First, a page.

|Zambales, Bolinao, Anda, Olongapo|
The largest Sambalic languages are Sambal, Bolinao, and Botolan with approximately 200,000, 105,000 and 72,000 speakers respectively based on the 2007 population statistics from the National Statistical Coordination Board (NSCB). These figures are the combined population of the municipalities where the language is spoken.
For the Sambali or Sambal ethnolinguistic subgrouping, the estimated number of speakers is based on the total population of Santa Cruz, Candelaria, Masinloc, Palauig, and Iba municipalities of Zambales. For the Sambal Bolinao subgrouping, a projected number of speakers is taken from the combined populations of Anda and Bolinao municipalities of Pangasinan. The Sambal Botolan subgroup, on the other hand, takes the aggregated population of Botolan and Cabangan municipalities. The rest are smaller languages spoken almost exclusively within various Aeta communities. In total, there are approximately 390,000 speakers of Sambalic languages. Speakers can also be found in other towns of Zambales not mentioned above: Olongapo City, Bataan, Tarlac, and Metro Manila.
An estimated 6000 speakers can also be found in Panitian, Quezon, Palawan and Puerto Princesa City. The language is also spoken by many Filipino immigrants in the U.S. and Canada. In Dartmouth, Nova Scotia, Canada, for instance, the language is spoken by a clan of Zambals. In Casino Nova Scotia in the Maritimes city of Halifax, a group of Sambals can be found running the card games. Community organizations of Sambal-speaking Filipino-Americans are found in San Diego and San Francisco, California as well as in Hawaii.
Roger Stone (2008) classifies the Sambalic languages as follows.
Ayta Magbukun was not included in Stone's (2008) classification.
The Sambalic languages are most closely related to Kapampangan and to an archaic form of Tagalog still spoken in Tanay in the province of Rizal. This has been interpreted to mean that Sambal-speakers had once inhabited that area, later being displaced by migrating Tagalog-speakers, pushing the original inhabitants northward to what is now the province of Zambales, in turn, displacing the Aetas. There is also a possible relationship between these Sambalic language speakers and the population of the island provinces of Marinduque and Romblon based on commonalities in some traditions and practices.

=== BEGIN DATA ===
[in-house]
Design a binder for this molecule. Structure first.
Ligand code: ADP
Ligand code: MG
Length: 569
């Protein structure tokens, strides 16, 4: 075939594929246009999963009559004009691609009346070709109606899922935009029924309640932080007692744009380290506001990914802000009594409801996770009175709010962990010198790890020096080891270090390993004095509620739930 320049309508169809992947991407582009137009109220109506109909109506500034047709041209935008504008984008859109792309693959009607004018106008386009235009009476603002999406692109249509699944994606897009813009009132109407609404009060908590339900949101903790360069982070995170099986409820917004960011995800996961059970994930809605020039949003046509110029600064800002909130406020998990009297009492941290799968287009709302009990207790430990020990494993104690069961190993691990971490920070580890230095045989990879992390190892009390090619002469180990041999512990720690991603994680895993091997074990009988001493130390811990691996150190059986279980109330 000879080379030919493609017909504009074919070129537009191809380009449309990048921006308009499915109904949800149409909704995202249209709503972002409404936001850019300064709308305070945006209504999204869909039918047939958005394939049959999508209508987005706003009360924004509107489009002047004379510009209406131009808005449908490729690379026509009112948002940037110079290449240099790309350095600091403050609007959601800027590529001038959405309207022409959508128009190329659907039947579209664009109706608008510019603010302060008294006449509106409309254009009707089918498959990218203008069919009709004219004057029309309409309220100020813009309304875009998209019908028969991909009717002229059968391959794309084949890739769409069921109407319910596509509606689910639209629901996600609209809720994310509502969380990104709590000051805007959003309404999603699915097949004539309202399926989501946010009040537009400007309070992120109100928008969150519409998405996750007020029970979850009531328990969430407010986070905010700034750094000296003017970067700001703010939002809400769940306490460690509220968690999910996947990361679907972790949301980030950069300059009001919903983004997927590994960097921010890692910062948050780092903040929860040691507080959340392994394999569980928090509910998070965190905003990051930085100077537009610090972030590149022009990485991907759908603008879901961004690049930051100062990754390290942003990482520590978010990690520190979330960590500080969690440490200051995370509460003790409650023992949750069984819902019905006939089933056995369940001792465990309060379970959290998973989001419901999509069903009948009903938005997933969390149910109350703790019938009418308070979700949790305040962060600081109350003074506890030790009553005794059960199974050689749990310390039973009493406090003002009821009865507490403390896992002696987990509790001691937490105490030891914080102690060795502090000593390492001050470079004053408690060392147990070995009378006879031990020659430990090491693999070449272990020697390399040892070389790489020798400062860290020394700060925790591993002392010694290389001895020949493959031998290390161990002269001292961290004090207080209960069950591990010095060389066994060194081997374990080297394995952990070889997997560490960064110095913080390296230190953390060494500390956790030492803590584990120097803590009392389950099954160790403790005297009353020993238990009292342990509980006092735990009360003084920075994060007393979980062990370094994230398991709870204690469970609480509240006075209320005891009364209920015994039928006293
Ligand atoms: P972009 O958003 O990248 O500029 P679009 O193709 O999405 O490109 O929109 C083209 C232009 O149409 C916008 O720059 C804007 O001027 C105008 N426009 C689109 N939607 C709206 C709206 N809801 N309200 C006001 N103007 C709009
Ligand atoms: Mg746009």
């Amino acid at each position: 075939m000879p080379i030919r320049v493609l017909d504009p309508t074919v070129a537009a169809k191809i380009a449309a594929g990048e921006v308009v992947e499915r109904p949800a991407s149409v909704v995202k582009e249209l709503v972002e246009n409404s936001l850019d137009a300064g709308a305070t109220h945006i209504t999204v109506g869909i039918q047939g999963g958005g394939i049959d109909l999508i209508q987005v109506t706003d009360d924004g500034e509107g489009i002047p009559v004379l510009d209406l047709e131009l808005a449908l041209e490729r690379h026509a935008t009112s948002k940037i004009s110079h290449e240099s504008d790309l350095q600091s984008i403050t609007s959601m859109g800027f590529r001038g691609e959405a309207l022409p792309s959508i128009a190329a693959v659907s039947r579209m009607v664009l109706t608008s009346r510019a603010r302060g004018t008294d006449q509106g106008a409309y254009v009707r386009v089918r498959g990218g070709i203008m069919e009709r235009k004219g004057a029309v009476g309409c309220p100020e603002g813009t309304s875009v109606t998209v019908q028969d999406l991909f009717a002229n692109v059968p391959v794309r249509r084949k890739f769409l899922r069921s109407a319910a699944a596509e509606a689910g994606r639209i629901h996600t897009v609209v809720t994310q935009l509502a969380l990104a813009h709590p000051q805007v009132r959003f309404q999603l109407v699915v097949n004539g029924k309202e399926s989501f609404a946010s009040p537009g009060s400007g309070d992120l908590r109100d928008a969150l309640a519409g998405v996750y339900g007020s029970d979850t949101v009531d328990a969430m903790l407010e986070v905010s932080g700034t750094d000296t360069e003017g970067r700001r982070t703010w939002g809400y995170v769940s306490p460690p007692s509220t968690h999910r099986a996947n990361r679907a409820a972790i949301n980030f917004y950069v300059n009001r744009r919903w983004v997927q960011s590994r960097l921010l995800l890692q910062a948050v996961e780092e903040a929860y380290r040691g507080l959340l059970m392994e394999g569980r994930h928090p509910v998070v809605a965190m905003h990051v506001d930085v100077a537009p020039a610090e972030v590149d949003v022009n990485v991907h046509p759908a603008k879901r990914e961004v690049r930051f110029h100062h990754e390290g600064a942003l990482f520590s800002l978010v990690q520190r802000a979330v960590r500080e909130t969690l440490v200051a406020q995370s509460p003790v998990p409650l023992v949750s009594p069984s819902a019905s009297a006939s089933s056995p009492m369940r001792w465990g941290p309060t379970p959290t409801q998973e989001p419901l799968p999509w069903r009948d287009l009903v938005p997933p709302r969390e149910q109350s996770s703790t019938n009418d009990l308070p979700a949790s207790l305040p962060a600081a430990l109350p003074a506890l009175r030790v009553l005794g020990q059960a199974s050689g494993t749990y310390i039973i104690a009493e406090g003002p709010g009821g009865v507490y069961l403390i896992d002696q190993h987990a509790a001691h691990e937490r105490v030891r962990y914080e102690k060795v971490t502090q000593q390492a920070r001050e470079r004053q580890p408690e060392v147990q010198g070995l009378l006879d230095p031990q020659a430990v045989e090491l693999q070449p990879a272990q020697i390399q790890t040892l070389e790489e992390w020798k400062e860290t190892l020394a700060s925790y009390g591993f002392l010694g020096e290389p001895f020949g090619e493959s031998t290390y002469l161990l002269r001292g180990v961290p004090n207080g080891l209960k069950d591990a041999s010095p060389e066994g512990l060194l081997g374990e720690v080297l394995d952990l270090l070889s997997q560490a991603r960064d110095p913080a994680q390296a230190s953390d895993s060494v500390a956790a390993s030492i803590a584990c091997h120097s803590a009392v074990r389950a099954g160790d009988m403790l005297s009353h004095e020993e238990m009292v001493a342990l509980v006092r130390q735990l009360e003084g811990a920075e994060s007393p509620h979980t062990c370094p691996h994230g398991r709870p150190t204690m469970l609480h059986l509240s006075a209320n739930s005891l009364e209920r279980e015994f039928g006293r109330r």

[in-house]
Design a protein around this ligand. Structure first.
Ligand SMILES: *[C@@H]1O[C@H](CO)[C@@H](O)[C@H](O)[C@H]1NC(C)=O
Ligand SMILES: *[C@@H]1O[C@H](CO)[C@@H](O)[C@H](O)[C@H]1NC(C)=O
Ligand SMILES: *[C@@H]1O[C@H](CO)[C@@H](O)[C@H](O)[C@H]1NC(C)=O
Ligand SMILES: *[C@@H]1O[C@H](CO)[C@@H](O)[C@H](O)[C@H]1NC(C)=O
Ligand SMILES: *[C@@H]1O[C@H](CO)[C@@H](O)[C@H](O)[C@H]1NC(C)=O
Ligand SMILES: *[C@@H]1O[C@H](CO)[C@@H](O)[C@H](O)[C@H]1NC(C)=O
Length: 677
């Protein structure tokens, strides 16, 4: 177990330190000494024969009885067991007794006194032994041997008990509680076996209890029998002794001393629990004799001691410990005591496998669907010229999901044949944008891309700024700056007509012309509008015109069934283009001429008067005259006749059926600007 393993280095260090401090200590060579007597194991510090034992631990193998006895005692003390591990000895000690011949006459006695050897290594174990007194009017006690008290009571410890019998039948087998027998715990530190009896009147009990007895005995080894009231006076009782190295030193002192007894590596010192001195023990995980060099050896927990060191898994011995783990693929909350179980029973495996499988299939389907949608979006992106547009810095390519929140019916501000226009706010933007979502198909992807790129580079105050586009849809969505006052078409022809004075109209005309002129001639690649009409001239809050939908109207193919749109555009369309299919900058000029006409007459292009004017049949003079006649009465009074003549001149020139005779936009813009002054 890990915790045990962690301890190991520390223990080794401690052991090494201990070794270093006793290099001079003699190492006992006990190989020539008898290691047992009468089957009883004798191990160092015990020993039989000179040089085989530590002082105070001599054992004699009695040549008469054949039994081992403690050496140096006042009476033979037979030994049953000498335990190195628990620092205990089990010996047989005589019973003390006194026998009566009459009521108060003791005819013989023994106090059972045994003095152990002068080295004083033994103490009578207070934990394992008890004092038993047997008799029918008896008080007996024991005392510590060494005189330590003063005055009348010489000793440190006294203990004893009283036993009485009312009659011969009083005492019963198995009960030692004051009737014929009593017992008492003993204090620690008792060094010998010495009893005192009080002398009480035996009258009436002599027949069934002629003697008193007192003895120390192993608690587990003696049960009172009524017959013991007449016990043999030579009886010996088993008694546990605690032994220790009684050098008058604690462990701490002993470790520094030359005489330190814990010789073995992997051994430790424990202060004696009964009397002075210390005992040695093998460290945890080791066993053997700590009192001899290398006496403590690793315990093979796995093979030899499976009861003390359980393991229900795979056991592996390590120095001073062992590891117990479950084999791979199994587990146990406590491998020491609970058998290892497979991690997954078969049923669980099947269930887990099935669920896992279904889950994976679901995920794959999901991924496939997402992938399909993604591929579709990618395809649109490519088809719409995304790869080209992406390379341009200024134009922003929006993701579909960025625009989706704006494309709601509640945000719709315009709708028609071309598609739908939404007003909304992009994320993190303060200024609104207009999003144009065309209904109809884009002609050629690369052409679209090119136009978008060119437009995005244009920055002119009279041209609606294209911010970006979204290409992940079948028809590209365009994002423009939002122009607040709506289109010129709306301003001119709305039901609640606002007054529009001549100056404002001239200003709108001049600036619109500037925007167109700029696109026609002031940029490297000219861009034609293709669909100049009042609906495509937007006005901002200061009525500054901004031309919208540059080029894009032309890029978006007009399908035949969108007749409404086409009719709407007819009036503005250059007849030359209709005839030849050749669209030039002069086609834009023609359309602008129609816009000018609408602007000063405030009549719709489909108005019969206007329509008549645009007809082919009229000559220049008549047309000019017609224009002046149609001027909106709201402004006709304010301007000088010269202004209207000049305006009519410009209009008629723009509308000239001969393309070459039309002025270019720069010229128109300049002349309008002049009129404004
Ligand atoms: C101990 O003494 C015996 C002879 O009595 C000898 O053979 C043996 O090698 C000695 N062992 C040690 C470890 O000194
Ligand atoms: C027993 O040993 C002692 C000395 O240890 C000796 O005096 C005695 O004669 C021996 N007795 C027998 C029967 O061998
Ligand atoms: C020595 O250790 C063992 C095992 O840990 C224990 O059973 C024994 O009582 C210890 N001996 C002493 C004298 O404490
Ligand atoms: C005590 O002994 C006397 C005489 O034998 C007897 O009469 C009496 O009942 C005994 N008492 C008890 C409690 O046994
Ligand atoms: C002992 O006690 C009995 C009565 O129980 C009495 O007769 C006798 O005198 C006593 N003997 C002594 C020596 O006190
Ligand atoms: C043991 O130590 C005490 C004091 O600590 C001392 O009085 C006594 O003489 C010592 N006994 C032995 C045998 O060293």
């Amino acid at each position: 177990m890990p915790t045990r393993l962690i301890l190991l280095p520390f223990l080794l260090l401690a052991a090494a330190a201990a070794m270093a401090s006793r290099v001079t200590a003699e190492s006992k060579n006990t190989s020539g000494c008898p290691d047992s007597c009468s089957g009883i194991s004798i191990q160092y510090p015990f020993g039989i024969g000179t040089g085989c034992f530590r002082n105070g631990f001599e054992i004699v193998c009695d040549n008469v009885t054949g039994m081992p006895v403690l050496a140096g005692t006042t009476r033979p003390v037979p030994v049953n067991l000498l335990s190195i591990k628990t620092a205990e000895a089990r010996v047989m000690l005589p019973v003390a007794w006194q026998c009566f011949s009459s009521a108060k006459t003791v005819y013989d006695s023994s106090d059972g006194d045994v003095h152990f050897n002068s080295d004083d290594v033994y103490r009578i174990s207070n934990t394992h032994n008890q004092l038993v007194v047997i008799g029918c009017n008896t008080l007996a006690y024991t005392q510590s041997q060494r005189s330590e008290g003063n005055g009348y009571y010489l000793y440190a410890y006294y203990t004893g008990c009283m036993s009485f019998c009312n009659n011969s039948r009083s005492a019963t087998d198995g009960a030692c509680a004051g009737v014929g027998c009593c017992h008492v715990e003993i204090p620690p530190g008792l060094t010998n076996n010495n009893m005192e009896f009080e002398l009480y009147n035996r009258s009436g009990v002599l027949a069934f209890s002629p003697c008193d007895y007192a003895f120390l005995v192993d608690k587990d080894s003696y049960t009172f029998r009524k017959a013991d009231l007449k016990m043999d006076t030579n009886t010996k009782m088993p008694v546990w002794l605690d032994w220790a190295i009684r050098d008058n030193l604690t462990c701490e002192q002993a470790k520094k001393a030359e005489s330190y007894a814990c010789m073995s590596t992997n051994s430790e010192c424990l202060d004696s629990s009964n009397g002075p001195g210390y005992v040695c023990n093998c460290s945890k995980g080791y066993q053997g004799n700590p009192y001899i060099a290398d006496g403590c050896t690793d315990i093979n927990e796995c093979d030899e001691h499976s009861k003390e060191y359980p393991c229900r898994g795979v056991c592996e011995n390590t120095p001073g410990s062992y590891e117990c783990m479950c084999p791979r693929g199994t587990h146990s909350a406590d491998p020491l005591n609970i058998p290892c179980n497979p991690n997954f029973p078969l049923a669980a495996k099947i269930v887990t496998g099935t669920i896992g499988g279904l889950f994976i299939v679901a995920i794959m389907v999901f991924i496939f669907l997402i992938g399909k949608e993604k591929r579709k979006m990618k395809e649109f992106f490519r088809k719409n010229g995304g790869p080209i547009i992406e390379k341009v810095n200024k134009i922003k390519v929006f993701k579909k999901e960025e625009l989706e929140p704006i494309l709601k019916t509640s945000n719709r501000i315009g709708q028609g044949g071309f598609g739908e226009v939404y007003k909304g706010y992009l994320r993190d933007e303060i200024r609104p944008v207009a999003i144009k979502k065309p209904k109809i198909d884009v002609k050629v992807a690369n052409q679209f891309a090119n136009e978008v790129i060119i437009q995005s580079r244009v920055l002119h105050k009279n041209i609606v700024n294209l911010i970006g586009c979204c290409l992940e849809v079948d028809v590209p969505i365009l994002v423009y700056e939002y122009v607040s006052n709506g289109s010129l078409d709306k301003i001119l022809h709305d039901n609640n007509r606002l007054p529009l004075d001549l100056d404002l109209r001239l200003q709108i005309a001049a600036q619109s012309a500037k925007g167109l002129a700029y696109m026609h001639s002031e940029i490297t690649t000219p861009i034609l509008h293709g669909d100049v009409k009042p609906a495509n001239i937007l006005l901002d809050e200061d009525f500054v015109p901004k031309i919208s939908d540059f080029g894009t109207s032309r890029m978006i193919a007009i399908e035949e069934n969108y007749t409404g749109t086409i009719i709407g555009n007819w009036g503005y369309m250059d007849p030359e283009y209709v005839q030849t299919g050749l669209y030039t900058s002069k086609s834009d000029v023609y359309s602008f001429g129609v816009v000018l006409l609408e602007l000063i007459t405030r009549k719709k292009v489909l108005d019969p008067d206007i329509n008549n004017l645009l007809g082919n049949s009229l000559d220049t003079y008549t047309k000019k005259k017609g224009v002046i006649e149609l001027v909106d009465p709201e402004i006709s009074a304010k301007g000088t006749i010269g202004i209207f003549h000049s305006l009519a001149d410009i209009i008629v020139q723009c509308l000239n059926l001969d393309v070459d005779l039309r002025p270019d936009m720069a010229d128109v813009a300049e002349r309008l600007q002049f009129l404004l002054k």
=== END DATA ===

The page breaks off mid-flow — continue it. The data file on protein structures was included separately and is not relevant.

Sambal (Spanish: Zambal) is the common collective name for all Sambalic languages speakers. It is also the term referring to the Sambalic language subgrouping in northern municipalities of Zambales, which comprises the majority of Sambals or more than 50 percent (200,000) of all Sambalic languages speakers (390,000). Sambal may also refer to the inhabitants of Zambales as a whole and the residents of Bolinao and Anda in Pangasinan.
Below are translations in Sambal, Bolinao, and Botolan of the Philippine national proverb “He/She who does not acknowledge his/her beginnings will not reach his/her destination”, followed by the original in Tagalog.
|Tagalog||Ang hindi marunong lumingon sa pinanggalingan ay hindi makararating sa paroroonan.|
|English||He (She) who does not know how to look back at his (her) origin will not arrive at his destination.|
|Bolinao||Si [tawon] kai magtanda’ lumingap sa ibwatan [na], kai ya mirate’ sa keen [na].|
|Botolan||Hay ahe nin nanlek ha pinag-ibatan, ay ahe makarateng ha lalakwen.|
|Sambal||Hiyay kay tanda mamanomtom ha pinag'ibatan, kay 'ya maka'lato ha ampako'tawan.|
- Hammarström, Harald; Forkel, Robert; Haspelmath, Martin, eds. (2017). "Sambalic". Glottolog 3.0. Jena, Germany: Max Planck Institute for the Science of Human History.
- "PSGC Interactive, Zambales". National Statistical Coordination Board. Archived from the original on 2011-06-04. Retrieved 2011-05-11.
- Stone 2008
- "Sambal". National Commission for Culture and the Arts. Archived from the original on 2008-01-21.
- "National Philippine Proverb in Various Philippine Languages". Carl Rubino's homepage.
- Stone, Roger (2008). "The Sambalic Languages of Central Luzon". Studies in Philippine Languages and Cultures. 19: 158–183.